The relation of retinal microvascular characteristics to age-related eye disease: the Beaver Dam eye study.Am J Ophthalmol 2004; 137(3):435-44AJ
To examine the relationship between microvascular characteristics (central retinal artery equivalent [CRAE], central retinal vein equivalent [CRVE], arteriole-to-venule ratio [AVR], focal retinal arteriolar narrowing, arteriovenous [A/V] nicking, and retinopathy) associated with systemic hypertension and ocular disease (age-related maculopathy [ARM], three types of cataract, and open-angle glaucoma).
Population-based cohort study.
Standardized grading of microvascular characteristics was performed at baseline on fundus photographs taken on 4,926 persons aged 43 to 86 years who participated in the Beaver Dam Eye study at the baseline examination. Age-related maculopathy, cataract, and glaucoma status were determined at baseline; ARM and cataract were again determined at 5-year and 10-year follow-up examinations using standard protocols.
While controlling for age and sex, generalized retinal arteriolar narrowing (lowest quintile of CRAE) was associated with the 10-year cumulative incidence of retinal pigment epithelial (RPE) depigmentation (risk ratio [RR] 1st vs 5th quintile, 1.93; 95% confidence interval [CI], 1.11, 3.34) and, inversely, with incident nuclear cataract (RR, 0.71; 95% CI, 0.50, 0.99). Arteriovenous nicking was associated with the incidence of early ARM (RR, 2.39; 95% CI, 1.02, 5.57). Otherwise, there were no statistically significant associations of focal arteriolar narrowing or retinopathy with incident ARM or any type of age-related cataract and no relation of CRAE, focal arteriolar narrowing, A/V nicking, or retinopathy with the prevalence of glaucoma.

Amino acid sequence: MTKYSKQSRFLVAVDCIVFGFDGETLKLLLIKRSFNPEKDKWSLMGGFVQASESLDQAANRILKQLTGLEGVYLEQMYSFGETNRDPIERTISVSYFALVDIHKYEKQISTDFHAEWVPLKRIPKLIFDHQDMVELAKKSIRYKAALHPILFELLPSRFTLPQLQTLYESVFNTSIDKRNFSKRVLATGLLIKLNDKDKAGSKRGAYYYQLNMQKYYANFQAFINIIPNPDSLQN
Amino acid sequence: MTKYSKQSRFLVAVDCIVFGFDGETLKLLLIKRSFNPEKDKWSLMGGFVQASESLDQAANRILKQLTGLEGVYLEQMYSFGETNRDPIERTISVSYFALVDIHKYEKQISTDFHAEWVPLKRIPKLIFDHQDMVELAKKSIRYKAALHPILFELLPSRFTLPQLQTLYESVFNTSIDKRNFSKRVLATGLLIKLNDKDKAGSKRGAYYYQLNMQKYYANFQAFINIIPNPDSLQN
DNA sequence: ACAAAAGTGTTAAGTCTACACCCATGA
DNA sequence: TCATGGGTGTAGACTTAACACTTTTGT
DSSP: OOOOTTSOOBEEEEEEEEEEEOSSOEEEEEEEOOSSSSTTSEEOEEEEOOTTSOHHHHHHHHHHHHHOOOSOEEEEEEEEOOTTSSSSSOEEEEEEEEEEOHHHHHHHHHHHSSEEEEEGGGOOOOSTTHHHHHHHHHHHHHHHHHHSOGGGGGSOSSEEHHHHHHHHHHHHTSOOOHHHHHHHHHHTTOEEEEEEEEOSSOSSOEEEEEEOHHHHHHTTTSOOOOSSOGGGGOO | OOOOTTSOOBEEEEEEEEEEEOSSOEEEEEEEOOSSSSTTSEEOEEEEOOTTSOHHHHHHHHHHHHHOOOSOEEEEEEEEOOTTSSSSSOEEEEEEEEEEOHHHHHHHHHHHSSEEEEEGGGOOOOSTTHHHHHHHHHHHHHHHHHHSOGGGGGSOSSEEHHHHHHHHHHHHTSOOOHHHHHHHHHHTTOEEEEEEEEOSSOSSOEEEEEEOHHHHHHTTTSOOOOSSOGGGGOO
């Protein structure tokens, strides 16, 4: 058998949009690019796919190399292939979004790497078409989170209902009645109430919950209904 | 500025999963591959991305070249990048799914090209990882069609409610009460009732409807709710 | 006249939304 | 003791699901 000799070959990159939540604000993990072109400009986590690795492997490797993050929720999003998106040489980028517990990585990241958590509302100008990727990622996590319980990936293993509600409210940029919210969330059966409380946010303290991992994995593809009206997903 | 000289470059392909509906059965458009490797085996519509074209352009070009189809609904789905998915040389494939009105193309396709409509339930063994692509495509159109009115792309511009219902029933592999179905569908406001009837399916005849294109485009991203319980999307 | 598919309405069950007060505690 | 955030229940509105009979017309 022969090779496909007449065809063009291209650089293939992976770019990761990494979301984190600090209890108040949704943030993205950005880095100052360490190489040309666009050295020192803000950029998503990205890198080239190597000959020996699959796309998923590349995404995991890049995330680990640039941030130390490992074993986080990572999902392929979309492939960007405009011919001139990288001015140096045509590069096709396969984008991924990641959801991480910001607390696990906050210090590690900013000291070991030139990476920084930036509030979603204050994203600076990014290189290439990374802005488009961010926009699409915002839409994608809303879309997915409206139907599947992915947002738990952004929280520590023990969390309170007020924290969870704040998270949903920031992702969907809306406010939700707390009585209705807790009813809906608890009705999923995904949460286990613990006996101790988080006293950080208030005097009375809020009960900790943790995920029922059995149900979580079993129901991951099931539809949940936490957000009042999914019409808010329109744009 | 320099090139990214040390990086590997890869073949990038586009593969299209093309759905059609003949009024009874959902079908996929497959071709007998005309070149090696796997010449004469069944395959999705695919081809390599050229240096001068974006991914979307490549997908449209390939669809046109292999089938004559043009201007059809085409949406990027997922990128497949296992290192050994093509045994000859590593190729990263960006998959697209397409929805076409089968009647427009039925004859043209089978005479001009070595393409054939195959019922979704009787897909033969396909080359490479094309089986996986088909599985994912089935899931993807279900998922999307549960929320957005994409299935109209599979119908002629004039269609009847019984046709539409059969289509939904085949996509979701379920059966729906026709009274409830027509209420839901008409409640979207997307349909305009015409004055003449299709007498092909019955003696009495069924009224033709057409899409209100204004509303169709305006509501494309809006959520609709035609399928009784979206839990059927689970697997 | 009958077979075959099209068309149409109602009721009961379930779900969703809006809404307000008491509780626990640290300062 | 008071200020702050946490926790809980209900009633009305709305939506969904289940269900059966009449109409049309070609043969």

These data show that retinal vascular characteristics associated with hypertension are related to the incidence of ARM and nuclear cataract but not to prevalent glaucoma. Relationships, however, were weak and inconsistent.